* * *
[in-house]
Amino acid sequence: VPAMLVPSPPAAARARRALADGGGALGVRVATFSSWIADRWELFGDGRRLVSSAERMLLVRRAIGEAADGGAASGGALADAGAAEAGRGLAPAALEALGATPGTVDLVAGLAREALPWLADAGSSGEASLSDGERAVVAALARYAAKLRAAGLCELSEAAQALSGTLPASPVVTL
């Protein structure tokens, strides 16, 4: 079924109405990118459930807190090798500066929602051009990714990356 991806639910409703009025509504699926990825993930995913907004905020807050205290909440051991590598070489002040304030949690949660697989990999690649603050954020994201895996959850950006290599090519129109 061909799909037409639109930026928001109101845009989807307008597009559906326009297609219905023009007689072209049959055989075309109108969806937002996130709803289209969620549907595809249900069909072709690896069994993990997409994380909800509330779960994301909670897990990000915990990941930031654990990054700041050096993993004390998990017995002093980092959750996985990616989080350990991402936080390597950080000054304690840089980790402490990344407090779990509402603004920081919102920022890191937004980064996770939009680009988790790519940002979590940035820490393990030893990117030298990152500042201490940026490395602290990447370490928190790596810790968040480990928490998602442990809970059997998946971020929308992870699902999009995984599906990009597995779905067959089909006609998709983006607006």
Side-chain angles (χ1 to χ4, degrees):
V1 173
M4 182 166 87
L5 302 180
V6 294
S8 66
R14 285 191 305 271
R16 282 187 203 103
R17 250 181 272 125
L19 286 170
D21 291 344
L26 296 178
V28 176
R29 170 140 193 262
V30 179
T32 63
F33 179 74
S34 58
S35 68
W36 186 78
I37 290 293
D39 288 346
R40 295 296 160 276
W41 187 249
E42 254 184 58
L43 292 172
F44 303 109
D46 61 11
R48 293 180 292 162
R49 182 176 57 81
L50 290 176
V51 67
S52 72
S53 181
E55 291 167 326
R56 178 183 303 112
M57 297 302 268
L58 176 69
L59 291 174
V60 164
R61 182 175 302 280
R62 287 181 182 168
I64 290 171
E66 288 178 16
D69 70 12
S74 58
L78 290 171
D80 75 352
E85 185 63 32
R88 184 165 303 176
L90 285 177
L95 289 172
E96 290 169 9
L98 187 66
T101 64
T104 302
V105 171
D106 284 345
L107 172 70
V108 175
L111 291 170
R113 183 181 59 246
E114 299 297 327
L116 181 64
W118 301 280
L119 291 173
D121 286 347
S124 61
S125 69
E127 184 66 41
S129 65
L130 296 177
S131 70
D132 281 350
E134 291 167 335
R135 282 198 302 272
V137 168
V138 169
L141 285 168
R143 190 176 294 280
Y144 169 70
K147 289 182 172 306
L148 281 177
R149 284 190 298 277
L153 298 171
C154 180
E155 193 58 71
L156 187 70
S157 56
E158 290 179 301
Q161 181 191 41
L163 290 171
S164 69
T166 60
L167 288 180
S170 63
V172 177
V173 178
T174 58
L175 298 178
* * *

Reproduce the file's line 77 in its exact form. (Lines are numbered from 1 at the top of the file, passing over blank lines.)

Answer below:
D132 281 350